Leadership is a high-performance sport. You have to learn to deal with disappointments, you have to train for the long haul, keep yourself healthy and peak at just the right time. No one gets to the top without dealing with falls and setbacks. So what are the rules of this high-performance sport?
Just Say No to “Give-Up Reflex”
Learned helplessness is the “give-up reflex.” People learn to give up when they perceive or experience no control over repeated bad events. People who have learned to be helpless have little resistance to adverse situations. So things move downhill quickly. If you fall into the helpless trap, you cannot perceive a setback as an opportunity. Learning from mistakes, failures and setbacks is a key requirement of healthy leadership. Just say “No” to helplessness.
Being good at anticipating the next move, your own or your competitor’s, is critical in every sport. Horse show jumpers are taught that once they make the commitment to jump, to leave the ground, they need to anticipate their next move while they are in the air. They don’t wait until they land to decide which way they are going. You can see in this picture that the rider is in mid-air but is already looking to the next jump and directing the horse there. A cardinal rule in the jumper world is to never look back. You waste time and kill the momentum. That’s the kind of forward-moving thinking you need as a leader. Train yourself to anticipate what might happen next and don’t dwell on whether the fence fell or not.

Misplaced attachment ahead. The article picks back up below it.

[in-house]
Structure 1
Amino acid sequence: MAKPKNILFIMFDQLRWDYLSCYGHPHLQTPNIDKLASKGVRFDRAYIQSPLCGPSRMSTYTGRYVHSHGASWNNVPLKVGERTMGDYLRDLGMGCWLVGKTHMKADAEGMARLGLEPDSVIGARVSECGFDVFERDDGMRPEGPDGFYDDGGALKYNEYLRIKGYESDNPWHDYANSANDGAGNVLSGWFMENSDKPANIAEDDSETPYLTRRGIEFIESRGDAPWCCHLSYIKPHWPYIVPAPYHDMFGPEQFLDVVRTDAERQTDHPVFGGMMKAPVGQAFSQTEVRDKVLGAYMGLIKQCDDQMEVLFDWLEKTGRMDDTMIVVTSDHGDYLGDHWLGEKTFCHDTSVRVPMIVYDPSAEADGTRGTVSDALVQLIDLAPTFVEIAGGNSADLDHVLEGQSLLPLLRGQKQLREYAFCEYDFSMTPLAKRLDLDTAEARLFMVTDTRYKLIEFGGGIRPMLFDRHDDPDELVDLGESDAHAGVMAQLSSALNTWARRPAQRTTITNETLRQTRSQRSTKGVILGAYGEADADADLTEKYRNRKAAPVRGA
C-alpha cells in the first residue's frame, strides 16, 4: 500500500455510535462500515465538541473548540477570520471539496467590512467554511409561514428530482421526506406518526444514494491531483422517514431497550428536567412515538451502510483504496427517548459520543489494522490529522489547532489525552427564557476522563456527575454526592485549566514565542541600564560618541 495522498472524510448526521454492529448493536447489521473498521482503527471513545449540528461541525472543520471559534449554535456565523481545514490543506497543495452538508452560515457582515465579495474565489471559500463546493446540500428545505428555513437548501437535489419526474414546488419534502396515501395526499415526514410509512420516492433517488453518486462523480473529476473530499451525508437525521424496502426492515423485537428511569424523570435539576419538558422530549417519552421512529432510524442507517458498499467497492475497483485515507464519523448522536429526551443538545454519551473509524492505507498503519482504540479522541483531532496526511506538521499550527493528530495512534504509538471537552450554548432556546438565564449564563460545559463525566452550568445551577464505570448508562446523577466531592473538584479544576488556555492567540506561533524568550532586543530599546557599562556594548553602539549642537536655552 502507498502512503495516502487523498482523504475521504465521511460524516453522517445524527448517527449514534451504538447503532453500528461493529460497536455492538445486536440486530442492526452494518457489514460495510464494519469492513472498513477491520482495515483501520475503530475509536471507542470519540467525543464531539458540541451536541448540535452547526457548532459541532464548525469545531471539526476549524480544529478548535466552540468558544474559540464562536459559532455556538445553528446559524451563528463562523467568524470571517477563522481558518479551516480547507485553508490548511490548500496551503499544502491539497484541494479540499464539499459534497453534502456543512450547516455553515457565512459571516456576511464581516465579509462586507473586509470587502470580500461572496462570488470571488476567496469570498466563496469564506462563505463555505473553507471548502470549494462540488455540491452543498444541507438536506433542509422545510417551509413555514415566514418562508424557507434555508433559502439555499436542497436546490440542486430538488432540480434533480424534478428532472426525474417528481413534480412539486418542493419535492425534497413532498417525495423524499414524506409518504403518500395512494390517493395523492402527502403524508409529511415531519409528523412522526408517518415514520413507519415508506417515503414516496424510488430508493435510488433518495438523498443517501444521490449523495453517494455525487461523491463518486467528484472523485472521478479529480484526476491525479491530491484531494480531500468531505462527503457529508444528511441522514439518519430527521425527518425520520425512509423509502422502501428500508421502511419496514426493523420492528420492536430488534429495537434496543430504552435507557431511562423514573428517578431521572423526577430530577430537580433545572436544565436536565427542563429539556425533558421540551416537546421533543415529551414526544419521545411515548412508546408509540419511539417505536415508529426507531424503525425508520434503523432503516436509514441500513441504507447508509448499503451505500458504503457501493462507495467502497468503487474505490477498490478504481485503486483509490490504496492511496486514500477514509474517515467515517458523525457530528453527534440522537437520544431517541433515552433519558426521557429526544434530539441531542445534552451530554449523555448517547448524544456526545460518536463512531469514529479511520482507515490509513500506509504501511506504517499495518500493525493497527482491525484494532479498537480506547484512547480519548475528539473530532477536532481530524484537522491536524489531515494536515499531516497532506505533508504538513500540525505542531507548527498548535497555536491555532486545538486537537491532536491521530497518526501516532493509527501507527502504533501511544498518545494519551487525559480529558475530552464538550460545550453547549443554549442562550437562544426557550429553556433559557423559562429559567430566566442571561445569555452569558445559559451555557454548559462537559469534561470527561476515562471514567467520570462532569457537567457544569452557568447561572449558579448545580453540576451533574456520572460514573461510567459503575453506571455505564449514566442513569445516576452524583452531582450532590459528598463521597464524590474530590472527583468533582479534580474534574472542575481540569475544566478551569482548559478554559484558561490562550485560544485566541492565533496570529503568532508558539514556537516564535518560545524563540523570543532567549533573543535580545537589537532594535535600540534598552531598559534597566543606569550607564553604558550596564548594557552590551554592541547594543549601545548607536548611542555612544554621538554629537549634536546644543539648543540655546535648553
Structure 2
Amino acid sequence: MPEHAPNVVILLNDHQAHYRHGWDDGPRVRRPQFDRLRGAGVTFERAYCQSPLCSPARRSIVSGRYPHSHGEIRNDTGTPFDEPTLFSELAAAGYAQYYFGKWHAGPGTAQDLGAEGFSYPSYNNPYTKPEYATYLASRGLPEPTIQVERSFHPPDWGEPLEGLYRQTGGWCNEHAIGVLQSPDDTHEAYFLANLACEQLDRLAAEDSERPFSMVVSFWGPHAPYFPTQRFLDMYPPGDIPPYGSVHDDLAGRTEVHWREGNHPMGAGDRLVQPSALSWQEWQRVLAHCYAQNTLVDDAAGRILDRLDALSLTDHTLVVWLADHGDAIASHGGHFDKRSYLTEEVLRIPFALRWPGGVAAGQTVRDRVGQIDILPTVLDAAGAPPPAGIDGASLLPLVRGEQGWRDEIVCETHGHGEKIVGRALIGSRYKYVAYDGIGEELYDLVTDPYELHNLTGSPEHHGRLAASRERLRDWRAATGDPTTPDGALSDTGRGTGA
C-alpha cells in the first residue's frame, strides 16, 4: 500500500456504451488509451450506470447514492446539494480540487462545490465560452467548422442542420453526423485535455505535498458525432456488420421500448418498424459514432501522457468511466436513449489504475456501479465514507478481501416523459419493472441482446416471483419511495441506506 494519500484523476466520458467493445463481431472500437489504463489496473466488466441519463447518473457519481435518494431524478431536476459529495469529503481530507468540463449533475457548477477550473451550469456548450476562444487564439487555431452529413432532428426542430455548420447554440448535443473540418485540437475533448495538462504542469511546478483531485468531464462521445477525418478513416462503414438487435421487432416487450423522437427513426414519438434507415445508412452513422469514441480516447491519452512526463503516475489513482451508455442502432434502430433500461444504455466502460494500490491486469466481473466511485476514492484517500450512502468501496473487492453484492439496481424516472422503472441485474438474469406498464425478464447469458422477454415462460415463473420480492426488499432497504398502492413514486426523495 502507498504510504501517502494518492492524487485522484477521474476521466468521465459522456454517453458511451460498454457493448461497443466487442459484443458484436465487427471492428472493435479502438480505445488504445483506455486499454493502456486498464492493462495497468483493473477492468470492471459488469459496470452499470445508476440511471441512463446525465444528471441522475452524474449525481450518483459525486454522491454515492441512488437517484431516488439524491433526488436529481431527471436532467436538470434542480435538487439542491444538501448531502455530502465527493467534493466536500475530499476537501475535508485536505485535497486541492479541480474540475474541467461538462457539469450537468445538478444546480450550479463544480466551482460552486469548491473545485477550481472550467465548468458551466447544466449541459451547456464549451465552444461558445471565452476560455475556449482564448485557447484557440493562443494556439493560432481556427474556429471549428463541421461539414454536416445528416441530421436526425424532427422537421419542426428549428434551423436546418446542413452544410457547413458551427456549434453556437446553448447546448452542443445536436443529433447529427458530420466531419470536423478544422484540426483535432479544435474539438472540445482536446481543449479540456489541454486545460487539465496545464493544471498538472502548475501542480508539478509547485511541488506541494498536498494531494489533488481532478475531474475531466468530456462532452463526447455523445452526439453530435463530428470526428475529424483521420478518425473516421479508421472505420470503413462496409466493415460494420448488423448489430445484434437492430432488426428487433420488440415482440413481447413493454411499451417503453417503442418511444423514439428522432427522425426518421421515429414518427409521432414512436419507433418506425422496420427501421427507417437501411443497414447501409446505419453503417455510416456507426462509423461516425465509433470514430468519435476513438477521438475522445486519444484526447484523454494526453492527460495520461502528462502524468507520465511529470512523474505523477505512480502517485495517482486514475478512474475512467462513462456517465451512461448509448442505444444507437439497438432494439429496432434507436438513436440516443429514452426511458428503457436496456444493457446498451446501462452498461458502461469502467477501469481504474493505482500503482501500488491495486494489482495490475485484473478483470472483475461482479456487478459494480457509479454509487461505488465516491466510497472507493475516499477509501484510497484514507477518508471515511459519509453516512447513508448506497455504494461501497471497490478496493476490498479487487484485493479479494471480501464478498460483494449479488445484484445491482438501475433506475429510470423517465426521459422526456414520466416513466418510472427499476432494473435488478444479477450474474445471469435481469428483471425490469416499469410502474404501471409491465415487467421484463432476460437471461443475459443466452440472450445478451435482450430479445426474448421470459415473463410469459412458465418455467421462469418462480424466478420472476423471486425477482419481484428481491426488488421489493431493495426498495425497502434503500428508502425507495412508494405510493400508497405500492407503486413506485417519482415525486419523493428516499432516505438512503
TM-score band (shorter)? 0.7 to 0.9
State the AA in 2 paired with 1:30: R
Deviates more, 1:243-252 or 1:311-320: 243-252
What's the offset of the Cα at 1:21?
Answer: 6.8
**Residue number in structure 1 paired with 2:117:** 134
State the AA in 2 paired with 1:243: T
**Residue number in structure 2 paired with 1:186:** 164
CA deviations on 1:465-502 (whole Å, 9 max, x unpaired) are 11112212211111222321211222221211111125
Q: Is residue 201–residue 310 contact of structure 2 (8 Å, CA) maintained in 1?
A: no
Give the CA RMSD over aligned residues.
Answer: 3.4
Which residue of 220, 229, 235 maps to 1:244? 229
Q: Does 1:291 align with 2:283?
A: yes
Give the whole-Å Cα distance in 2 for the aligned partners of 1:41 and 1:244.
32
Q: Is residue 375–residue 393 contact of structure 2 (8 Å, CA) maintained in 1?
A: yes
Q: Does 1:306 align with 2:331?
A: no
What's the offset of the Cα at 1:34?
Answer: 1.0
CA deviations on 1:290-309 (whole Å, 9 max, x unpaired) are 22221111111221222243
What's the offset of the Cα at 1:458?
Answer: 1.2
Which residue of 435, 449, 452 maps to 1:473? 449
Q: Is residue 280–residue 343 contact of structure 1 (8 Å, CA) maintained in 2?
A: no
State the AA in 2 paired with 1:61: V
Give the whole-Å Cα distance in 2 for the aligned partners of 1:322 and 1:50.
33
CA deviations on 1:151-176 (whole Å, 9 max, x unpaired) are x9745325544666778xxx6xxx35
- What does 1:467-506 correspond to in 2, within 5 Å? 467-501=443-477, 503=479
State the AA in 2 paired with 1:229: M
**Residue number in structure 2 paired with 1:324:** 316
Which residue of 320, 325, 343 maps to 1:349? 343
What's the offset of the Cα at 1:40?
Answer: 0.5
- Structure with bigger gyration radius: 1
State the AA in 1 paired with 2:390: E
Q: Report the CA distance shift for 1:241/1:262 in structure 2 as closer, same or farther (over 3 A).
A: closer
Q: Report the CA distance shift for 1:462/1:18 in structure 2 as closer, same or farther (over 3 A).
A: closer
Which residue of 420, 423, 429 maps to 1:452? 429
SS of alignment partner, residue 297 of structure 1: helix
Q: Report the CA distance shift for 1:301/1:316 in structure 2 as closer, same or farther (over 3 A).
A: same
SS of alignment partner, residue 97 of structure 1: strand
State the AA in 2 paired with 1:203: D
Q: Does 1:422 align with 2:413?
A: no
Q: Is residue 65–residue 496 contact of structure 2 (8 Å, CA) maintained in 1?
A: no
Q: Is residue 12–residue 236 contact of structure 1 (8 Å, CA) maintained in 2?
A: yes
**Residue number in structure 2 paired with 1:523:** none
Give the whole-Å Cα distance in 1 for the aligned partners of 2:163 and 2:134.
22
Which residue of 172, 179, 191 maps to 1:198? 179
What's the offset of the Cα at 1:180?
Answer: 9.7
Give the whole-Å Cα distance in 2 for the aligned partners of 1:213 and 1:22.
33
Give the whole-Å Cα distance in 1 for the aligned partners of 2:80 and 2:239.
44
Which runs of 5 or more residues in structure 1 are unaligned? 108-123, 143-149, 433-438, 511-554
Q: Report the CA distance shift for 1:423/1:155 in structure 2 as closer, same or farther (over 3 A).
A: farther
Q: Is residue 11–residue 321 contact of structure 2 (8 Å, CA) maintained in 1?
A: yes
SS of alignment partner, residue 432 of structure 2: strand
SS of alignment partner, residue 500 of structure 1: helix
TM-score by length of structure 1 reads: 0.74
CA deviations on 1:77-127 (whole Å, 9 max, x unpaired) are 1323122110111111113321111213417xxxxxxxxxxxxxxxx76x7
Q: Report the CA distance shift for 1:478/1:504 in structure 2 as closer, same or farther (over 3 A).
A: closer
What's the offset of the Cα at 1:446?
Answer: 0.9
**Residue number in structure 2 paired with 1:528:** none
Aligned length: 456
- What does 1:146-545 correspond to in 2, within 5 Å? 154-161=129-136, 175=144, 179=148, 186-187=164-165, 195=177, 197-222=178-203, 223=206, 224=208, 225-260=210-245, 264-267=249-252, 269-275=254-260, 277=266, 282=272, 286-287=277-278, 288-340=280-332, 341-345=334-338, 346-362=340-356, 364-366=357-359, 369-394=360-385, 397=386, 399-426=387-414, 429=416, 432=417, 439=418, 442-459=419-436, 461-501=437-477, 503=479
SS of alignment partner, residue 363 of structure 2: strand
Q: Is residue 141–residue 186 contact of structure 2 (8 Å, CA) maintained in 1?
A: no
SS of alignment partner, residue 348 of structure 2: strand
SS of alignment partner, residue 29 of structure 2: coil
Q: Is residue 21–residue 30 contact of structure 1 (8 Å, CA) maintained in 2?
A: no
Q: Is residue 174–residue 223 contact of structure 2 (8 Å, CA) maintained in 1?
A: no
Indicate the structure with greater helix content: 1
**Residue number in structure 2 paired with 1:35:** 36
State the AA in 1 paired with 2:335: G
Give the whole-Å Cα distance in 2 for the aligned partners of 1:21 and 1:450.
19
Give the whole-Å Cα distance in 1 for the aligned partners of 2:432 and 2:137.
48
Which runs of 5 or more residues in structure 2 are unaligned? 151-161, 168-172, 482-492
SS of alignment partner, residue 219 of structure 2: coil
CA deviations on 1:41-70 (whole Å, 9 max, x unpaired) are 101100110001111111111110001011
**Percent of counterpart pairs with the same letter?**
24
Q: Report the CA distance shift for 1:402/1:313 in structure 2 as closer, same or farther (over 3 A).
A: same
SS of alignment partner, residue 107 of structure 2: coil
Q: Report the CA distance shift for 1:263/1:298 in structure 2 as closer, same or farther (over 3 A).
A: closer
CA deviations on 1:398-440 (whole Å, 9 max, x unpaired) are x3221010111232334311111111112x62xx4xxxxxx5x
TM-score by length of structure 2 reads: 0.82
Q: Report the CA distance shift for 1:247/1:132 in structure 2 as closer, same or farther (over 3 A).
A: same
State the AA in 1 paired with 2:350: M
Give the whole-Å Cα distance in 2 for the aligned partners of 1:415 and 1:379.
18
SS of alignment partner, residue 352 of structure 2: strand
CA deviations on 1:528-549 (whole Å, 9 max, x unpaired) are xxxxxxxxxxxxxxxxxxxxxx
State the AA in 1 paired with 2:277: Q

Thrive on Uncertainty
We’re all anxious these days because there is so much uncertainty. Being anxious is your body and brain telling you “things have changed,” moving you out of your comfort zone. It is this state of discomfort that can drive you to change your perspective, to think differently.
Anxiety can actually be good for you. As adults, it is the moment you are most open to learning. If you recognize anxiety and don’t let it pull you to a negative response, it can be the springboard to see opportunity and take positive action.
The Glass Is Always Half Full
A sense of gratitude helps build optimism. Grateful people report higher levels of positive emotions, life satisfaction, vitality and optimism and lower levels of depression and stress. Grateful people do not deny or ignore the negative aspects of life. But they understand that seeing the “glass as half full” gets them to a better place faster.